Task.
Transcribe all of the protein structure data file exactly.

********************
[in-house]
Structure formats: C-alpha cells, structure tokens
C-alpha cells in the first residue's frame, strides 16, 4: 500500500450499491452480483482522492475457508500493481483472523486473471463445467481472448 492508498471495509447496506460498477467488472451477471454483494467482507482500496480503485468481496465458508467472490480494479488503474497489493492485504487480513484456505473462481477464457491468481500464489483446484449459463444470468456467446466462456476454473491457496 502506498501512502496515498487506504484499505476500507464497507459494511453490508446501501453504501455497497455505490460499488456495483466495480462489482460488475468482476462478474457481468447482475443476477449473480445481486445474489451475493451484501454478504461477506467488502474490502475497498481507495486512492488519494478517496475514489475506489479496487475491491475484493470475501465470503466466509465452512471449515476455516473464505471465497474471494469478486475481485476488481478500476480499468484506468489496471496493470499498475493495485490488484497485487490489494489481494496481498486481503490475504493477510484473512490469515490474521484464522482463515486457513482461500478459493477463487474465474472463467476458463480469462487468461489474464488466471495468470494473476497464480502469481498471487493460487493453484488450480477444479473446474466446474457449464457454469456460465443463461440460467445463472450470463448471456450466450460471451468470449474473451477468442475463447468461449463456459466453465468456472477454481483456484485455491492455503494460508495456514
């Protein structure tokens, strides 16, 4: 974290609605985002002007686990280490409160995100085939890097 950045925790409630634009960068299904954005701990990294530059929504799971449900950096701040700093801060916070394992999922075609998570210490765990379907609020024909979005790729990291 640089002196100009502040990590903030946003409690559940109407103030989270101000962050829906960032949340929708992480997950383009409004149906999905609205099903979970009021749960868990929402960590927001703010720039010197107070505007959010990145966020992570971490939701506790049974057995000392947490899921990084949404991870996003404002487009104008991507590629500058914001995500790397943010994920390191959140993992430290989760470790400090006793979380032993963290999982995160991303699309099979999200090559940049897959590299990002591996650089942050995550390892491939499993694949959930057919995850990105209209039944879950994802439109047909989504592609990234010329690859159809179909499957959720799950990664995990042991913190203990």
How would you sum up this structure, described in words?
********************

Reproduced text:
[in-house]
Structure formats: C-alpha cells, structure tokens
C-alpha cells in the first residue's frame, strides 16, 4: 500500500450499491452480483482522492475457508500493481483472523486473471463445467481472448 492508498471495509447496506460498477467488472451477471454483494467482507482500496480503485468481496465458508467472490480494479488503474497489493492485504487480513484456505473462481477464457491468481500464489483446484449459463444470468456467446466462456476454473491457496 502506498501512502496515498487506504484499505476500507464497507459494511453490508446501501453504501455497497455505490460499488456495483466495480462489482460488475468482476462478474457481468447482475443476477449473480445481486445474489451475493451484501454478504461477506467488502474490502475497498481507495486512492488519494478517496475514489475506489479496487475491491475484493470475501465470503466466509465452512471449515476455516473464505471465497474471494469478486475481485476488481478500476480499468484506468489496471496493470499498475493495485490488484497485487490489494489481494496481498486481503490475504493477510484473512490469515490474521484464522482463515486457513482461500478459493477463487474465474472463467476458463480469462487468461489474464488466471495468470494473476497464480502469481498471487493460487493453484488450480477444479473446474466446474457449464457454469456460465443463461440460467445463472450470463448471456450466450460471451468470449474473451477468442475463447468461449463456459466453465468456472477454481483456484485455491492455503494460508495456514
């Protein structure tokens, strides 16, 4: 974290609605985002002007686990280490409160995100085939890097 950045925790409630634009960068299904954005701990990294530059929504799971449900950096701040700093801060916070394992999922075609998570210490765990379907609020024909979005790729990291 640089002196100009502040990590903030946003409690559940109407103030989270101000962050829906960032949340929708992480997950383009409004149906999905609205099903979970009021749960868990929402960590927001703010720039010197107070505007959010990145966020992570971490939701506790049974057995000392947490899921990084949404991870996003404002487009104008991507590629500058914001995500790397943010994920390191959140993992430290989760470790400090006793979380032993963290999982995160991303699309099979999200090559940049897959590299990002591996650089942050995550390892491939499993694949959930057919995850990105209209039944879950994802439109047909989504592609990234010329690859159809179909499957959720799950990664995990042991913190203990």
How would you sum up this structure, described in words?